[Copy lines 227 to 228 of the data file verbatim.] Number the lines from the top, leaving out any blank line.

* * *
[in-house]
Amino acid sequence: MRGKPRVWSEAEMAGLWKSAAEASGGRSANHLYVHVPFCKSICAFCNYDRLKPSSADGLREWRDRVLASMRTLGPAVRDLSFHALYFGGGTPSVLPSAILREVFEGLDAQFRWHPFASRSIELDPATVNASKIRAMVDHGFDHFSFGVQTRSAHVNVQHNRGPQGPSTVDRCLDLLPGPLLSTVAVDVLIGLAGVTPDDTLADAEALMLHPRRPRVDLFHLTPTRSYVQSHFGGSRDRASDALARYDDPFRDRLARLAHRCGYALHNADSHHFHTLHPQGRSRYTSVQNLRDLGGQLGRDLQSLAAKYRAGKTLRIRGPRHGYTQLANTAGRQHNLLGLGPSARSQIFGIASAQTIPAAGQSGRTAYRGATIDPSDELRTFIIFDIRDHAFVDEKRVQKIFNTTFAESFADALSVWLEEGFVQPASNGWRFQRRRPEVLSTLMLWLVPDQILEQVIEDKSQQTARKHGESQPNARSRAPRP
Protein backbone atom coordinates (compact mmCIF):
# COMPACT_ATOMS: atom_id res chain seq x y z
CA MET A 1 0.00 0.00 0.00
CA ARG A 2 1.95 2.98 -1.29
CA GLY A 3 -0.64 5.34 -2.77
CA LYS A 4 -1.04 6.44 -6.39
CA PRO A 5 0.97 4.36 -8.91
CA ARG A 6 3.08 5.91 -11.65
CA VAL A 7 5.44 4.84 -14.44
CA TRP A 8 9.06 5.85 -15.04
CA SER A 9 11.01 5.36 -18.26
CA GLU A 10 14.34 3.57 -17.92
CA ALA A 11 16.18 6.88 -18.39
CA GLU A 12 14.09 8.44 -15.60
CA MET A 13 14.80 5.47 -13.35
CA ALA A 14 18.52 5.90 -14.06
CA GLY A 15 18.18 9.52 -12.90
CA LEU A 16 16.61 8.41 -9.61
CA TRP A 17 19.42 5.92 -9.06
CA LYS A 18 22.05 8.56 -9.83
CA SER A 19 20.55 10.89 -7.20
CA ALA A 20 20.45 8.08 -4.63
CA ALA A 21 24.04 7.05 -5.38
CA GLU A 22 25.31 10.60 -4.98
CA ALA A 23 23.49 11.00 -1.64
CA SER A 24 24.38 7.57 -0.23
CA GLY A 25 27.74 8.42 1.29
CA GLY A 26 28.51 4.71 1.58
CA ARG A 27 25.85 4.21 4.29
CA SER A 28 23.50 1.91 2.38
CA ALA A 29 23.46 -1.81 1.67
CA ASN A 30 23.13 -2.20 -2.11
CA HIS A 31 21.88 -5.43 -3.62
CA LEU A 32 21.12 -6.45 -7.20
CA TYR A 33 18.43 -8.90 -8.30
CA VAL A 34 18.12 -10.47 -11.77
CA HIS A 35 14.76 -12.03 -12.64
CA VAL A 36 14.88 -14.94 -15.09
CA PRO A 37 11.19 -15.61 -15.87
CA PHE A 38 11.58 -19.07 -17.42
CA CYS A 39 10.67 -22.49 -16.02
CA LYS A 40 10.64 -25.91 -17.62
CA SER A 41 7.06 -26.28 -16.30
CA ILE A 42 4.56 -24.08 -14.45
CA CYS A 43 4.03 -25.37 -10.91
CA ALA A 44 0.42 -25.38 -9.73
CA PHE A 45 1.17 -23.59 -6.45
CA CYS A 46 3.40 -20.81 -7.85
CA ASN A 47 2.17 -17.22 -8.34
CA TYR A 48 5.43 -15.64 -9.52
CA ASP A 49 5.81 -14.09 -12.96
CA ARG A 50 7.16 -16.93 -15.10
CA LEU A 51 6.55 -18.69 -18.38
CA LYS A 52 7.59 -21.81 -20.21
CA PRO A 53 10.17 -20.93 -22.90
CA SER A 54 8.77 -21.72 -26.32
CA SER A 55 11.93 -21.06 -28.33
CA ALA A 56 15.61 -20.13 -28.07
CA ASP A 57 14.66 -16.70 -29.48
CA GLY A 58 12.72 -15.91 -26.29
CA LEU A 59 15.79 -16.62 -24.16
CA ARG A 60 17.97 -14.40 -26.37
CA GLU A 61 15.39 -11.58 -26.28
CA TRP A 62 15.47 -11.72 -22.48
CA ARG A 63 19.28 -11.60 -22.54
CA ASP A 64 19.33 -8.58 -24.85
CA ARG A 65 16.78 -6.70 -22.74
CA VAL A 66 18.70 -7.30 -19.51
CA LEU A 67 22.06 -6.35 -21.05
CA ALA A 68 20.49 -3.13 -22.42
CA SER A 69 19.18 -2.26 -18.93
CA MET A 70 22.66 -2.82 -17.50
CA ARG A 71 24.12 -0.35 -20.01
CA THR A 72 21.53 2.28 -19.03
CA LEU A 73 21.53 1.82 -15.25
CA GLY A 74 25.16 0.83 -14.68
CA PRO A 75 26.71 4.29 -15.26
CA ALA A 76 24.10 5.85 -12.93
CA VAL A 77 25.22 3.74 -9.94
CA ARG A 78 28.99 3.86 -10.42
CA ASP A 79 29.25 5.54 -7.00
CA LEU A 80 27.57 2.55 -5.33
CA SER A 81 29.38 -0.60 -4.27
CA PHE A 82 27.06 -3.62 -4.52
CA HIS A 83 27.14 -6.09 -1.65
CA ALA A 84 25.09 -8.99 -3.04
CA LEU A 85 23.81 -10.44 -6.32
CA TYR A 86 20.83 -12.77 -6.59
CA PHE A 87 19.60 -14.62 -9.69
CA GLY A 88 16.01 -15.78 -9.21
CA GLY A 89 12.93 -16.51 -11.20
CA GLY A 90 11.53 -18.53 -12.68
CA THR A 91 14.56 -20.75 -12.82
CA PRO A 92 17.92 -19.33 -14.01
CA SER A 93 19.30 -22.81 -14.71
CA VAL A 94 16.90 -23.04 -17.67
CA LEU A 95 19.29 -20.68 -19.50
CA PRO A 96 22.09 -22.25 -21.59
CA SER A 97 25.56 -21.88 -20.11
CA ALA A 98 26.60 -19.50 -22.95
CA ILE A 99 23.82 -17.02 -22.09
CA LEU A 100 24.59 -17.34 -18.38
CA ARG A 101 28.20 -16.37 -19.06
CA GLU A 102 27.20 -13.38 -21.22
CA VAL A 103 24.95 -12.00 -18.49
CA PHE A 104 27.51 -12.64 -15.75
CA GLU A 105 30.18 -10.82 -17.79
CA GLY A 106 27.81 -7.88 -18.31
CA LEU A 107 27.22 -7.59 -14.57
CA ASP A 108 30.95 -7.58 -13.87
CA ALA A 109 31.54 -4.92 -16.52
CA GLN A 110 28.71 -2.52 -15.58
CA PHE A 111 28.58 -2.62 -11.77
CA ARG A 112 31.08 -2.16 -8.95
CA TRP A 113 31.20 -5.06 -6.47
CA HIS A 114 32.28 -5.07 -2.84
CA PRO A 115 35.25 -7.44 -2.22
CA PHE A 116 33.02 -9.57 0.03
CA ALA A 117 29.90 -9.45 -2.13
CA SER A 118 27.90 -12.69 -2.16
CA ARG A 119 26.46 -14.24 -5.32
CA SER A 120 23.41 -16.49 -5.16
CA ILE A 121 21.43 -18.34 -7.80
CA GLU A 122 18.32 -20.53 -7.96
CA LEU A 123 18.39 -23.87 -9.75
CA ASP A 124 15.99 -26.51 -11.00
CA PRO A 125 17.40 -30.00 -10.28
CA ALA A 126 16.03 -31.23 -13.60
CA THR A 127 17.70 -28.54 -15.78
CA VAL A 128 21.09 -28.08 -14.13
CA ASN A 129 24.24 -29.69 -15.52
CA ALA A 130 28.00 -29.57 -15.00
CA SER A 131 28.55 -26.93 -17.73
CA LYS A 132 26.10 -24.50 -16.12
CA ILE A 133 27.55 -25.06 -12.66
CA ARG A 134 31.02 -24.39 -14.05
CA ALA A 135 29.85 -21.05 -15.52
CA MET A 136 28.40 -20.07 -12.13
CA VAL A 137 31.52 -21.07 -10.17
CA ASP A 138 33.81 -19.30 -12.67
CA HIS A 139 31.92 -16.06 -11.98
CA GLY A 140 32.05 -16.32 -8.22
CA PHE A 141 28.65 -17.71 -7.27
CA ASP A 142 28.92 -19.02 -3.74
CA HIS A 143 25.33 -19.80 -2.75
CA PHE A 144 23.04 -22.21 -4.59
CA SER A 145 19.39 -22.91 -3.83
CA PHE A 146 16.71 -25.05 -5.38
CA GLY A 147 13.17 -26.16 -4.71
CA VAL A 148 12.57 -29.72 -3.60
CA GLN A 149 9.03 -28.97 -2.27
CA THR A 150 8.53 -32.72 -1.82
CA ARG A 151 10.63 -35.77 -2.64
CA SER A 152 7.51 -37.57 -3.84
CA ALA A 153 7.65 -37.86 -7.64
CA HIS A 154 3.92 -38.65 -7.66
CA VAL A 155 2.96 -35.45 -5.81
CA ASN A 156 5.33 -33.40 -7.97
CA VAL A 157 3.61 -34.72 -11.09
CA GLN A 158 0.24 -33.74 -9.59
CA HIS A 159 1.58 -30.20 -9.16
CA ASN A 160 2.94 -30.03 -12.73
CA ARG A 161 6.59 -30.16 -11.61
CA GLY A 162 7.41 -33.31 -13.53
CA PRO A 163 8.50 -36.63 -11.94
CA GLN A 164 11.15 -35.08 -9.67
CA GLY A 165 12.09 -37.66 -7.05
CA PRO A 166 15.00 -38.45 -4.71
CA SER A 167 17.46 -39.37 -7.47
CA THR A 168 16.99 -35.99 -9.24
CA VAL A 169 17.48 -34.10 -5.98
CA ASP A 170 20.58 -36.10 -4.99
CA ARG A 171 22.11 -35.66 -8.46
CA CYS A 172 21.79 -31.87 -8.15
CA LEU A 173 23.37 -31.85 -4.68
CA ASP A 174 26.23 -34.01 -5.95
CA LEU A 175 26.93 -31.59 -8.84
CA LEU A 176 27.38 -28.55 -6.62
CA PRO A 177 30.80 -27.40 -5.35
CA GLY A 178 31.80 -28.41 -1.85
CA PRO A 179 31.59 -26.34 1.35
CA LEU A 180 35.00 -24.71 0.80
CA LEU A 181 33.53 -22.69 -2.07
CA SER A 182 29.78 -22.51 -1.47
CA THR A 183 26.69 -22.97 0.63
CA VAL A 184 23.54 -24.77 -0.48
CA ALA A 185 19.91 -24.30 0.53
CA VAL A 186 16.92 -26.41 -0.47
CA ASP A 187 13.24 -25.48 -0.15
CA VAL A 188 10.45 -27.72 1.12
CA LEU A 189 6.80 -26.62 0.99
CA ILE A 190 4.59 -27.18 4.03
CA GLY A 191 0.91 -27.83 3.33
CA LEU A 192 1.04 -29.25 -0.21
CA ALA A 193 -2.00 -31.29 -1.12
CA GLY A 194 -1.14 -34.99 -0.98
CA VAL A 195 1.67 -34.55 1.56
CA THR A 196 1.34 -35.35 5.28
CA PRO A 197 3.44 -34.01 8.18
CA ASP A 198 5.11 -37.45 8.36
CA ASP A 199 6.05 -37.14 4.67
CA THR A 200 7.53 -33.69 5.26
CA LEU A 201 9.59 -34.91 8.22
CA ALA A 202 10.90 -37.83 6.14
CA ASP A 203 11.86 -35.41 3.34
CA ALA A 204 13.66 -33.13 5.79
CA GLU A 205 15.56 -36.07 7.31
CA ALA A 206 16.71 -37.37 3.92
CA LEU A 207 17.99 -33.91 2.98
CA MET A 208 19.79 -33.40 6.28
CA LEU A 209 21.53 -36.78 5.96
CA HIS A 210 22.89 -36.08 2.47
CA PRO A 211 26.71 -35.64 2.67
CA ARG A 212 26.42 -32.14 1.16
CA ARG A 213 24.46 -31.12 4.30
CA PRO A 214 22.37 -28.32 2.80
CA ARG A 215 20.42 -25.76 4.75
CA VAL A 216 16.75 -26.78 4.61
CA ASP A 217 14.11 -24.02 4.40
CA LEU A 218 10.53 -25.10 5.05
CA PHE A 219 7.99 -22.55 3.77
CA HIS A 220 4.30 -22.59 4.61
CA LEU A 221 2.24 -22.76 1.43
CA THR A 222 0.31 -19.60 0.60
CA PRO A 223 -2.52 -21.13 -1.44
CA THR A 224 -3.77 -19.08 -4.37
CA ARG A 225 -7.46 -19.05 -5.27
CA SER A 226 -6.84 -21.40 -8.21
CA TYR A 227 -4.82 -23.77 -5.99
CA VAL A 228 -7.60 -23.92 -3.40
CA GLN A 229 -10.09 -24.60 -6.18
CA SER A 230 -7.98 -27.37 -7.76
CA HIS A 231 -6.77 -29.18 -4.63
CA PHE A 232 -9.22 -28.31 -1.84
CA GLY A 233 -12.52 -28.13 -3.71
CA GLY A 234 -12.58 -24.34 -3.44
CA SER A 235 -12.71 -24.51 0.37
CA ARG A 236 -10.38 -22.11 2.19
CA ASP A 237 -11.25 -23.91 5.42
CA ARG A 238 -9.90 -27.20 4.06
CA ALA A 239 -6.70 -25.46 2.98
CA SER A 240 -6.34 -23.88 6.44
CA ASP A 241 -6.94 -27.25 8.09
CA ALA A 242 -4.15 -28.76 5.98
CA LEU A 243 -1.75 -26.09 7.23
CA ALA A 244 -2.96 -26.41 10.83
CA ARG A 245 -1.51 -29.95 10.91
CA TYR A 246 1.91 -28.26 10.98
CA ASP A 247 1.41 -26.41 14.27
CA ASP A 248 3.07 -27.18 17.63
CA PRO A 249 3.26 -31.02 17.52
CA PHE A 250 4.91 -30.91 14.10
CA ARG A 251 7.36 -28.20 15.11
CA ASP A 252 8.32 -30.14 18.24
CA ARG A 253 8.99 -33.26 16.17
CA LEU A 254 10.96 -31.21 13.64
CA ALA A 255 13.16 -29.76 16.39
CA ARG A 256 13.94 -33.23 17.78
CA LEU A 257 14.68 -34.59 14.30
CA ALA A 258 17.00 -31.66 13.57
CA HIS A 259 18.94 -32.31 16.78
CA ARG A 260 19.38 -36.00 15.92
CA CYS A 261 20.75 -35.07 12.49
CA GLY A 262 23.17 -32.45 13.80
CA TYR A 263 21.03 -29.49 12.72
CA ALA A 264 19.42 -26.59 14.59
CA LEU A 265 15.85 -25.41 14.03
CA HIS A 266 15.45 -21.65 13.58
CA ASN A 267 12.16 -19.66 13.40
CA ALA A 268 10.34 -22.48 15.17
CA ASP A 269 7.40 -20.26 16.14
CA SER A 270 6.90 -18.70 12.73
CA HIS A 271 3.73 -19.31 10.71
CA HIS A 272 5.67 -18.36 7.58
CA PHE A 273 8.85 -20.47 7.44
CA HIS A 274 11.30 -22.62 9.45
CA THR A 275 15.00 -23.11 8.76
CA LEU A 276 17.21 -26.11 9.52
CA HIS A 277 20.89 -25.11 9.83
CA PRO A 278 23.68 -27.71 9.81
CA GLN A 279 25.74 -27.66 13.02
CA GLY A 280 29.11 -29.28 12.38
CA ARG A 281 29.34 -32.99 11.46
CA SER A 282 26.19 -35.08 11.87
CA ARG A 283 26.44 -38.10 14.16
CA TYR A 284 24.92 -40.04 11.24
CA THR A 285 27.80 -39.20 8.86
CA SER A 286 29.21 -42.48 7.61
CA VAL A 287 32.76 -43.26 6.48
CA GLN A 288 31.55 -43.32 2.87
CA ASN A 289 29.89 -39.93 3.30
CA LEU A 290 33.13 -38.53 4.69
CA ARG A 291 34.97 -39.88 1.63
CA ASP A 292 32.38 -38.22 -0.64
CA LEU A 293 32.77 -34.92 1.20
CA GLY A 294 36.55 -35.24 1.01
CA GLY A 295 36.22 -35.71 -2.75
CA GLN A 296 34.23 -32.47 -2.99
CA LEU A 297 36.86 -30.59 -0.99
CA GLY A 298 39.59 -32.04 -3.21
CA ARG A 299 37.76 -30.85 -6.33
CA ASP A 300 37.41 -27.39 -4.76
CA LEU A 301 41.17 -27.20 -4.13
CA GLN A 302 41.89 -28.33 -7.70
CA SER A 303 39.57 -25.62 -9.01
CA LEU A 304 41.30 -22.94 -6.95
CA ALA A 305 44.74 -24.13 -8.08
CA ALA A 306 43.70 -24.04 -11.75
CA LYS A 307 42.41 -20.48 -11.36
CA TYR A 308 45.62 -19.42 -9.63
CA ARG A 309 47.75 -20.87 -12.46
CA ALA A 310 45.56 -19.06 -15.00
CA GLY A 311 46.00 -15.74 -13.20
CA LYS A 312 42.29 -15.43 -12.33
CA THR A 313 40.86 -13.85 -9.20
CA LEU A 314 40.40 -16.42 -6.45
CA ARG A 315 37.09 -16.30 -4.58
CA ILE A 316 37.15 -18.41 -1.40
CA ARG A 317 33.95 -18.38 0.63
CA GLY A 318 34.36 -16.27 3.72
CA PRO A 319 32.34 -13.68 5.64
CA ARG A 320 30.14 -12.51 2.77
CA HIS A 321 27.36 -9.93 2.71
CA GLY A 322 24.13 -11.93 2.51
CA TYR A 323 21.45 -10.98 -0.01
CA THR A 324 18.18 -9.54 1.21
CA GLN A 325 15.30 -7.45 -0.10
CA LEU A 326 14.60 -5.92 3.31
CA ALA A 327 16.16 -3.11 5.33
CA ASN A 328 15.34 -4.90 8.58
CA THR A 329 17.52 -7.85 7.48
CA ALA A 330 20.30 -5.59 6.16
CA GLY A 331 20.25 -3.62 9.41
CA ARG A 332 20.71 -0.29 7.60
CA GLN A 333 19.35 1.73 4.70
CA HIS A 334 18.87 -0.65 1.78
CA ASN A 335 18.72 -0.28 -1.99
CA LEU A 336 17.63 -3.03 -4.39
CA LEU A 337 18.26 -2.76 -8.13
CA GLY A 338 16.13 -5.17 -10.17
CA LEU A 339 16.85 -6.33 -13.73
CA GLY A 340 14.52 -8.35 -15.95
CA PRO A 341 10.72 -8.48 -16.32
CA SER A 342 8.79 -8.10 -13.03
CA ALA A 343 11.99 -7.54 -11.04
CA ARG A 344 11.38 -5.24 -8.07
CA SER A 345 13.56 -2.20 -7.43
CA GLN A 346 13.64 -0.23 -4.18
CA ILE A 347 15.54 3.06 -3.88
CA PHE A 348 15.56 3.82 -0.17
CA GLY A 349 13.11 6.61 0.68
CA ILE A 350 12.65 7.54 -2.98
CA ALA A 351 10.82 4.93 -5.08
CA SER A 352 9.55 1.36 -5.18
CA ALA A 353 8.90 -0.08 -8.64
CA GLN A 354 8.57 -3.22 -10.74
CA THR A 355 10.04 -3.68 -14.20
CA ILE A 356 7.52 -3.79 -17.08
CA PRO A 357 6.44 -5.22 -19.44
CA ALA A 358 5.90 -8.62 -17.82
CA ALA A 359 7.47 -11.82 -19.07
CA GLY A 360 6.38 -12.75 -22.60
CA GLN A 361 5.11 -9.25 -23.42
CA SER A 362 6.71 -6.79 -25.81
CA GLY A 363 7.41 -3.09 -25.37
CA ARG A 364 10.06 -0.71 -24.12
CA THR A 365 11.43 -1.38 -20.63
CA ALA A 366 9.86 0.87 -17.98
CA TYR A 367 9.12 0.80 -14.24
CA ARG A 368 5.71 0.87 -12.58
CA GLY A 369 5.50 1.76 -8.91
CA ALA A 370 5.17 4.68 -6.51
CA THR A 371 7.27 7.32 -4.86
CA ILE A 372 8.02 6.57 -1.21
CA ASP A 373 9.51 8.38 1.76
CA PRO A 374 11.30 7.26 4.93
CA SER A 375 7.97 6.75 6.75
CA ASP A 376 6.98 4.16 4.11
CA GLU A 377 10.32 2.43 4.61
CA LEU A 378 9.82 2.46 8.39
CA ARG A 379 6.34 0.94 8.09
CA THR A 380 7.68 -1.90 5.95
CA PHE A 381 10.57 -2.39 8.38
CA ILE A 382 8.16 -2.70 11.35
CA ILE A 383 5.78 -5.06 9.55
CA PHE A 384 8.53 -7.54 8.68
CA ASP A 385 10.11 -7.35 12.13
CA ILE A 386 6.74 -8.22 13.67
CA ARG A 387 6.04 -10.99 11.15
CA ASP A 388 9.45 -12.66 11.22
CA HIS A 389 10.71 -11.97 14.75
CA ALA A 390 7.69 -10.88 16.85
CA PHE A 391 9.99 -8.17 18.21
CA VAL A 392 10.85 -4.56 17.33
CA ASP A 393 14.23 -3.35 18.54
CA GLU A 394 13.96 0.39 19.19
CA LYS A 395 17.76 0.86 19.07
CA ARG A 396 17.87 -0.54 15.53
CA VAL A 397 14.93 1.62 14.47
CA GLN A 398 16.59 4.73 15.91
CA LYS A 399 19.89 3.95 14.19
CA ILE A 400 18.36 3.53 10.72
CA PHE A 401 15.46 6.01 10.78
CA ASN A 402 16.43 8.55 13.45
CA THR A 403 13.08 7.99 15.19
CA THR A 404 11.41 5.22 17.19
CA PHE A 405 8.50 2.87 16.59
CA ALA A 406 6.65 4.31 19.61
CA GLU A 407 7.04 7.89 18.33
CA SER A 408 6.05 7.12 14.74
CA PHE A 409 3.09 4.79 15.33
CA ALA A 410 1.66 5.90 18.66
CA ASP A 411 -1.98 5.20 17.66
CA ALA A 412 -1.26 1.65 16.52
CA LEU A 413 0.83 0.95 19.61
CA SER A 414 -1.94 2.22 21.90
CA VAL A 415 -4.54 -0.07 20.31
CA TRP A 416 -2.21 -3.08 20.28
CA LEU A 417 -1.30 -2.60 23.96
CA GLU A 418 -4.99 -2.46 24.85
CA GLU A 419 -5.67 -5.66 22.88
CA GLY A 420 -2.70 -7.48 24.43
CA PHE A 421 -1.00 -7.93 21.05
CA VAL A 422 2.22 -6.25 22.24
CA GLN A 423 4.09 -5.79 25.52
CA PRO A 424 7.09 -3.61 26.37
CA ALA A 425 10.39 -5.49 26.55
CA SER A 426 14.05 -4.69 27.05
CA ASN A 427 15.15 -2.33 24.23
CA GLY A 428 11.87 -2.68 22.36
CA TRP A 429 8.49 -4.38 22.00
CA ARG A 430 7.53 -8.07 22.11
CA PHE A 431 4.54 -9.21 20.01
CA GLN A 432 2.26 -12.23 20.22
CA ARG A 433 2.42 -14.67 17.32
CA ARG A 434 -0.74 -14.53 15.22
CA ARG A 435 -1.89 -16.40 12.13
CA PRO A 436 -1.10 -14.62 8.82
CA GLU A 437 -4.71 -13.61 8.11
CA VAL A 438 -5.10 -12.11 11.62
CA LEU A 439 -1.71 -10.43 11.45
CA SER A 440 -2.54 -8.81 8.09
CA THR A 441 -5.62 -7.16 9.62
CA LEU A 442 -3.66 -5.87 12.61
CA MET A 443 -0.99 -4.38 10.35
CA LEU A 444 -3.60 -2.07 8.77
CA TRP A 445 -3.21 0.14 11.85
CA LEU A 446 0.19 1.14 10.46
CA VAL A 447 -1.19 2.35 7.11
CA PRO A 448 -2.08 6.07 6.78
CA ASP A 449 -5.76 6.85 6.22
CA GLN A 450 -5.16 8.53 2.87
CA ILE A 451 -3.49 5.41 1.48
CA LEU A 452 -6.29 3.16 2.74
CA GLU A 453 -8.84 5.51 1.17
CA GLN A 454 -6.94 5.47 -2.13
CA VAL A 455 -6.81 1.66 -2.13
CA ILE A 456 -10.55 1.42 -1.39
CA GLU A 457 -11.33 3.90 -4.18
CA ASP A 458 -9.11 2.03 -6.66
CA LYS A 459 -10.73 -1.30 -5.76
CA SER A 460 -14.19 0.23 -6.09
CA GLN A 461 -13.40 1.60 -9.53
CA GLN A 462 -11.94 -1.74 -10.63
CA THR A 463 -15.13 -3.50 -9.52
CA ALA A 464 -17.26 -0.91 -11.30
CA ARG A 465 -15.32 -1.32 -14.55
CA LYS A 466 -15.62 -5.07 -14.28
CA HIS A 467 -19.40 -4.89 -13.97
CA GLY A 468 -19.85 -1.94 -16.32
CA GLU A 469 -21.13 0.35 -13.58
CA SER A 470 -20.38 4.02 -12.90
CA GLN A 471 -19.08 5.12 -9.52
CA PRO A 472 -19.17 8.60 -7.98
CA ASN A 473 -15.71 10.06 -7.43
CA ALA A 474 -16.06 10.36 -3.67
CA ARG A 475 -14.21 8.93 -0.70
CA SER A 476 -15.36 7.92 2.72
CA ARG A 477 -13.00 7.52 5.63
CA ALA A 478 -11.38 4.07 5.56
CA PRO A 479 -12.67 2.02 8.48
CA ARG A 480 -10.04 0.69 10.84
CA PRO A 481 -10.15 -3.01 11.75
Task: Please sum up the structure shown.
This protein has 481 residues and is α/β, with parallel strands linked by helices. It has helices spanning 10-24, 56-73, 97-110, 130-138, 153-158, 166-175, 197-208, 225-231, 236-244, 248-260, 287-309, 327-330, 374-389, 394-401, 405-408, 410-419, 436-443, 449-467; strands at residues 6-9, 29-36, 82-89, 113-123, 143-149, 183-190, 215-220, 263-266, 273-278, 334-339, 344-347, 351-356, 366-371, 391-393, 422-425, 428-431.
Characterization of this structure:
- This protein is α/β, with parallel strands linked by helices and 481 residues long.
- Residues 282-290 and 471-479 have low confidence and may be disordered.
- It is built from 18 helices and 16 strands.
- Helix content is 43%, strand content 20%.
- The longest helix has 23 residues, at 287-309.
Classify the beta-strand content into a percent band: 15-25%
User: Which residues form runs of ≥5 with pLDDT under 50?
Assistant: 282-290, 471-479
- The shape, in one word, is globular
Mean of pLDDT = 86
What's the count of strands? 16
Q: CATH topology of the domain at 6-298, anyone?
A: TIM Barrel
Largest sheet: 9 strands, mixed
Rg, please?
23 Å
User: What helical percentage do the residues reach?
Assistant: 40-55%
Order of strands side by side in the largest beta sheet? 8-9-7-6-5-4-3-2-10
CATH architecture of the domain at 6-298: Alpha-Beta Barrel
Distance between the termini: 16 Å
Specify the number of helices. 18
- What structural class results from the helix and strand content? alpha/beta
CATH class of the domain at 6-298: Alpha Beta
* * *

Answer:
CA PRO A 223 -2.52 -21.13 -1.44
CA THR A 224 -3.77 -19.08 -4.37